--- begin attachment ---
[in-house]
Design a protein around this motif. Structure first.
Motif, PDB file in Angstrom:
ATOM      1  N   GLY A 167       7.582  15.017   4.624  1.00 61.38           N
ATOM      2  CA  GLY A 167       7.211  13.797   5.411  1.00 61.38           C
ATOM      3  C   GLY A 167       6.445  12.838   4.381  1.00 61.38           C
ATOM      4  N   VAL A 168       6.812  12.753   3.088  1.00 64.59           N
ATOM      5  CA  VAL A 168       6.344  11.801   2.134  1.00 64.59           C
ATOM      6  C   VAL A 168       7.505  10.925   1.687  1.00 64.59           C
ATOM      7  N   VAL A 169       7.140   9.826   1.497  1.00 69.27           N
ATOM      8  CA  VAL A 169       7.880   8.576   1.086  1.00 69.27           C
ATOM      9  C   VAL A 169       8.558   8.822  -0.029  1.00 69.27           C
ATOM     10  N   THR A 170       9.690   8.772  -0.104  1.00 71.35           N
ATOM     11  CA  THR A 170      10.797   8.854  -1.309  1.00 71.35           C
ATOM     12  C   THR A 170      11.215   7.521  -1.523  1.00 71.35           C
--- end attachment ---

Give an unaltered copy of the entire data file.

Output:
[in-house]
Design a protein around this motif. Structure first.
Motif, PDB file in Angstrom:
ATOM      1  N   GLY A 167       7.582  15.017   4.624  1.00 61.38           N
ATOM      2  CA  GLY A 167       7.211  13.797   5.411  1.00 61.38           C
ATOM      3  C   GLY A 167       6.445  12.838   4.381  1.00 61.38           C
ATOM      4  N   VAL A 168       6.812  12.753   3.088  1.00 64.59           N
ATOM      5  CA  VAL A 168       6.344  11.801   2.134  1.00 64.59           C
ATOM      6  C   VAL A 168       7.505  10.925   1.687  1.00 64.59           C
ATOM      7  N   VAL A 169       7.140   9.826   1.497  1.00 69.27           N
ATOM      8  CA  VAL A 169       7.880   8.576   1.086  1.00 69.27           C
ATOM      9  C   VAL A 169       8.558   8.822  -0.029  1.00 69.27           C
ATOM     10  N   THR A 170       9.690   8.772  -0.104  1.00 71.35           N
ATOM     11  CA  THR A 170      10.797   8.854  -1.309  1.00 71.35           C
ATOM     12  C   THR A 170      11.215   7.521  -1.523  1.00 71.35           C